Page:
Thursday, February 12, 2009

We Have Met The Enemy...and It Is Us.

First the stock market...

After the stock market stumbled to the best test yet of the late November 2008 lows, traders experienced a major bounce off today's lows to close largely even for the day. If you're a technician, however, the afternoon bounce wasn't all that significant, with still substantial volume in the day's declining stocks. Yes, the technology-heavy NASDAQ market saw a much greater proportion of its volume in higher trading stocks. However, this is all "technical stuff" and reflects less the current or even future status of the economy.

Market analysts continue to lag reality with their rosy forecasts for corporate earnings, so many stocks look inexpensive. But, as usual, aren't they missing the greater picture here?

Now the broader outlook and the "Enemy"

3.6 million jobs lost over the past 13 months, about half of those in the past three months. There is no evidence that the rate of job losses has reached bottom. And the employment picture does not account for the even greater numbers of part-time workers that want full-time work but cannot find it. Nor does it account for the millions that have simply dropped out of the workforce over the past several years...OK, over the past eight years.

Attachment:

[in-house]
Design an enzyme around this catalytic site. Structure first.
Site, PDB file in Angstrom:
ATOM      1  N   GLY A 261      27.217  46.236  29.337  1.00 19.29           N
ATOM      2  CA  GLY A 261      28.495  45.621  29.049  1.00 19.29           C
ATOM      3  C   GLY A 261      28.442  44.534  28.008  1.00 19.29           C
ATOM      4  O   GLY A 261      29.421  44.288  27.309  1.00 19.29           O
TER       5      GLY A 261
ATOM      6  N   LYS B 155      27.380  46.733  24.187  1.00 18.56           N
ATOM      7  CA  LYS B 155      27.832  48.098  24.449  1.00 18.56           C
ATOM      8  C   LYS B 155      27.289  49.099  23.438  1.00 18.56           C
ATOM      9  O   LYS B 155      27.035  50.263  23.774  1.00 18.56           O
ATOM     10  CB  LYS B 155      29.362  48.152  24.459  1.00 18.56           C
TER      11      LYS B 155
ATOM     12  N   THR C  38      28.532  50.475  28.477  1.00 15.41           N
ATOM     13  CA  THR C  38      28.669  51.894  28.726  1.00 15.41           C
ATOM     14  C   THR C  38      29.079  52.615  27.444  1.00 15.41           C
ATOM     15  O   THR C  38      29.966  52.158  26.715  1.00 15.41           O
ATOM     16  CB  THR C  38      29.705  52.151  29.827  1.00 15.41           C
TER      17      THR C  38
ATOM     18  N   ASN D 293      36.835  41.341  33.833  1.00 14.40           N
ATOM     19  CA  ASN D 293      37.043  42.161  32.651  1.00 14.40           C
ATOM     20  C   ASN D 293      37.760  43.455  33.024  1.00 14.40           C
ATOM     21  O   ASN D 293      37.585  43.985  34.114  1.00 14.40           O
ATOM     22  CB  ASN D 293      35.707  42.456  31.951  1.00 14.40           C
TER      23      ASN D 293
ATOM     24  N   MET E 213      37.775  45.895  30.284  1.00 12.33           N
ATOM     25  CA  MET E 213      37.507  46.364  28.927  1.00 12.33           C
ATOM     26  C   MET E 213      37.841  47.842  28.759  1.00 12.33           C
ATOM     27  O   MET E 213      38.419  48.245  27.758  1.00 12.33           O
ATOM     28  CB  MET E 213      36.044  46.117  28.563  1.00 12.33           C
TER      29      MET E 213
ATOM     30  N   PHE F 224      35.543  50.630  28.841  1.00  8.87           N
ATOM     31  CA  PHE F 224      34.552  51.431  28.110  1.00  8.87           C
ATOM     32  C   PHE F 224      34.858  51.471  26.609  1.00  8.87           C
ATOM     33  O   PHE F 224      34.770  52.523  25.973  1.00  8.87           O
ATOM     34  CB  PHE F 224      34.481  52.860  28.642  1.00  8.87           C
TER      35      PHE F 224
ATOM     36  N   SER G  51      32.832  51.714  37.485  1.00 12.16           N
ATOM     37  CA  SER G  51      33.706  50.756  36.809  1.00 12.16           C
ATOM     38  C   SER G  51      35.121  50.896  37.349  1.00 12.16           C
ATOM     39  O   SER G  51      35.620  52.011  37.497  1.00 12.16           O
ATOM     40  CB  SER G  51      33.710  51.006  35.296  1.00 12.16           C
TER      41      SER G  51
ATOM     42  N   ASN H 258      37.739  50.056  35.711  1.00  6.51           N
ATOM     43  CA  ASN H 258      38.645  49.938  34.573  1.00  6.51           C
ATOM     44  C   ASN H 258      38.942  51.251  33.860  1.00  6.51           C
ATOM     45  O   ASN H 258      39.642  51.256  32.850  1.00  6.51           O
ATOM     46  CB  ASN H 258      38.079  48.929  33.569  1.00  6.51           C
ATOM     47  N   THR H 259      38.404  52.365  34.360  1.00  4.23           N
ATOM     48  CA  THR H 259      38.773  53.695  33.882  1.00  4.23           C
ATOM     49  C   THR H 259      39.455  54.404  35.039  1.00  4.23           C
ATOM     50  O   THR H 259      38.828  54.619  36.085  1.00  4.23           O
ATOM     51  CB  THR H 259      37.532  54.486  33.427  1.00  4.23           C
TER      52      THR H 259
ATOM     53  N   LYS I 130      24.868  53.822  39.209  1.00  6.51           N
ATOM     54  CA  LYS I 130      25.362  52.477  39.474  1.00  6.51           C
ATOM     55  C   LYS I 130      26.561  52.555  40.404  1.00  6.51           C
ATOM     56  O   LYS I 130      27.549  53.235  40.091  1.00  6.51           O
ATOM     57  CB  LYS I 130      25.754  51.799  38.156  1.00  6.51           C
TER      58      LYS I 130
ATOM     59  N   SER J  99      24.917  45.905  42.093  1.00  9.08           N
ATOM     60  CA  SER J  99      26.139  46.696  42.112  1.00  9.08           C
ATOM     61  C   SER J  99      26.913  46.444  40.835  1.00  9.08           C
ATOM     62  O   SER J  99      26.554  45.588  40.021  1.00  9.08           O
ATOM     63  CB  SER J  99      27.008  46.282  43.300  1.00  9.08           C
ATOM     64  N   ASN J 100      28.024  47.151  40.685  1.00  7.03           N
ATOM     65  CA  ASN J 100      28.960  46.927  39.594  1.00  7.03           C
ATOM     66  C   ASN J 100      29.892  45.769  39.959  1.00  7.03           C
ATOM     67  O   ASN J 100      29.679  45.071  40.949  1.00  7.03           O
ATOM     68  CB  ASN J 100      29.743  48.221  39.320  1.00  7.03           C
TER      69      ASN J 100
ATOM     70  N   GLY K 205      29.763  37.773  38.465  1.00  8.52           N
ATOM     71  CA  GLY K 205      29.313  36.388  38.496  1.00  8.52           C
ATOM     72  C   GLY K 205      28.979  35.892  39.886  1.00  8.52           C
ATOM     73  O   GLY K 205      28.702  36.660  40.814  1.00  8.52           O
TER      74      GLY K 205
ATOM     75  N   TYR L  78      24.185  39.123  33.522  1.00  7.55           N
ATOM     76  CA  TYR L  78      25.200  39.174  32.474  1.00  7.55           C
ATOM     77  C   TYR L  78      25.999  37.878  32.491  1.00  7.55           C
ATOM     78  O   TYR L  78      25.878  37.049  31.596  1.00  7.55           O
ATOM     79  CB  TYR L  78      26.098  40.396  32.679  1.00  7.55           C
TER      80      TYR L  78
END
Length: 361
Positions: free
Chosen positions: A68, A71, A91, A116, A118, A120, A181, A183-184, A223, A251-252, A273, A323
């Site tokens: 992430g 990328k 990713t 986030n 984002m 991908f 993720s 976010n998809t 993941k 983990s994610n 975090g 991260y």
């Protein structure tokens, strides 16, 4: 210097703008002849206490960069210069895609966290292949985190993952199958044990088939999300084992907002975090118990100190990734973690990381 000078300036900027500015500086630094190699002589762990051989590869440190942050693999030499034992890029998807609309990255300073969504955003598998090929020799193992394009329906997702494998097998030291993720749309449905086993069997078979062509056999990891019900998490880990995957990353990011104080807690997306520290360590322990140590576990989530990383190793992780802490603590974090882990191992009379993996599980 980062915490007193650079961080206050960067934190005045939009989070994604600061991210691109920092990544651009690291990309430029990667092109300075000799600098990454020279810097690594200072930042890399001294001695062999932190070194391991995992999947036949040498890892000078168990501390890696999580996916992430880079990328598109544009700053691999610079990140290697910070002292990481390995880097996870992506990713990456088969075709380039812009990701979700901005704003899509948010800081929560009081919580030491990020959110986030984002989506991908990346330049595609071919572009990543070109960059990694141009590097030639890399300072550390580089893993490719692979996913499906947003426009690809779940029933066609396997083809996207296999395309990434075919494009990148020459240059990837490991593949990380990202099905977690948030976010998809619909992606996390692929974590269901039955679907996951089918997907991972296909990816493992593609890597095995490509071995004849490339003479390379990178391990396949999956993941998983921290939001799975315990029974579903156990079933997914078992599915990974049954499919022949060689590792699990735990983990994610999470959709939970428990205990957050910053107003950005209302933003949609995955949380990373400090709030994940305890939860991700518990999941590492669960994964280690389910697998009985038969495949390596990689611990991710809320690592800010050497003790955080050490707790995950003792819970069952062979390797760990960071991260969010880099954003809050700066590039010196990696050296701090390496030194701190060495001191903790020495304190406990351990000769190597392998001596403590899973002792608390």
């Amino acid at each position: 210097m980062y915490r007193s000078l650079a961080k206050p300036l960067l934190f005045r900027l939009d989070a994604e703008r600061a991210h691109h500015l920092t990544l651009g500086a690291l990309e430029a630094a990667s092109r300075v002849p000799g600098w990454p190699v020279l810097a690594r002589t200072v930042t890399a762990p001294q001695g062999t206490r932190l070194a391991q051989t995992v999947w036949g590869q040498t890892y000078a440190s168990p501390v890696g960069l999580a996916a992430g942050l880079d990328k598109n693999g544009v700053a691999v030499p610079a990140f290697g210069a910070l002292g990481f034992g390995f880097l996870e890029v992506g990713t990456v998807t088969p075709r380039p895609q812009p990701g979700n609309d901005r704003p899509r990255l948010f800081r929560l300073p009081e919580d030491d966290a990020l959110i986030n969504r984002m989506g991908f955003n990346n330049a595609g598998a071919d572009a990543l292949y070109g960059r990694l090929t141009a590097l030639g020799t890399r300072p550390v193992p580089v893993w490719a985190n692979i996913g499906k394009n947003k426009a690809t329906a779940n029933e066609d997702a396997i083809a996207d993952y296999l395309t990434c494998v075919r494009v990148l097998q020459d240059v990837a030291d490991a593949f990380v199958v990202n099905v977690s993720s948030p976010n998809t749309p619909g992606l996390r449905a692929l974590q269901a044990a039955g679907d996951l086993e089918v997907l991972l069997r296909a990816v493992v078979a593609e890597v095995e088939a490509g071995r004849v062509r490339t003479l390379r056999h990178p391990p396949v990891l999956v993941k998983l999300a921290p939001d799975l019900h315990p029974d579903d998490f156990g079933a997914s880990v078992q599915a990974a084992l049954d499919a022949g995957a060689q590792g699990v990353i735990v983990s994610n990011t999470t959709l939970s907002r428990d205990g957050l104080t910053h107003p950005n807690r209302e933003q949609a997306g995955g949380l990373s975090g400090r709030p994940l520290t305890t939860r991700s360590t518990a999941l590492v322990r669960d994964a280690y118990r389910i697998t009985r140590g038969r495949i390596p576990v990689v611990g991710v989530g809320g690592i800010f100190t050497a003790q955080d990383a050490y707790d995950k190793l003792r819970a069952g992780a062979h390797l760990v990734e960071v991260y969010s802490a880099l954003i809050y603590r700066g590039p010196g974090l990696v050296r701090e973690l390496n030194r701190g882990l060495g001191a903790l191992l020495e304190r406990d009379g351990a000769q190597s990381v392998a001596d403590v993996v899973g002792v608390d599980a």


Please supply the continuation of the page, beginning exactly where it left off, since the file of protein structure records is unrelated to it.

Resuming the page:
Yes yes, economists will tell you, with significant justification, that employment is a lagging indicator of economic growth - or lack thereof. So no, we won't see the end of the "Great Recession" (I did not coin that name myself.) when we see the end of the current unemployment trend.

Here's the thing. Now follow me on this. Businesses lay off - fire - workers for two general reason: 1) demand for their products declines or is projected to decline; 2) a business' profits are declining or predicted to decline.

It is the latter that is so troublesome. We are caught on a seeming perpetual motion machine. Businesses respond to reduced demand, actual or projected, by firing workers. Firing workers further reduces potential demand for products. Firing workers places more mortgages and credit cards at risk. Increasing the pool of risky mortgages continues the pressure on home values. Increasing THAT pressure increases the risks of credit card delinquencies and defaults. All of this circles back to the banking and business communities, resulting in yet more firings. The downward spiral puts pressure on commercial real estate markets as a result of store closings and other business "downsizing," putting even more pressure on the banking system.

Now certainly, none of this is news to many readers. But it is to some.

So how do we get off the gerbil's treadmill? Hmmm?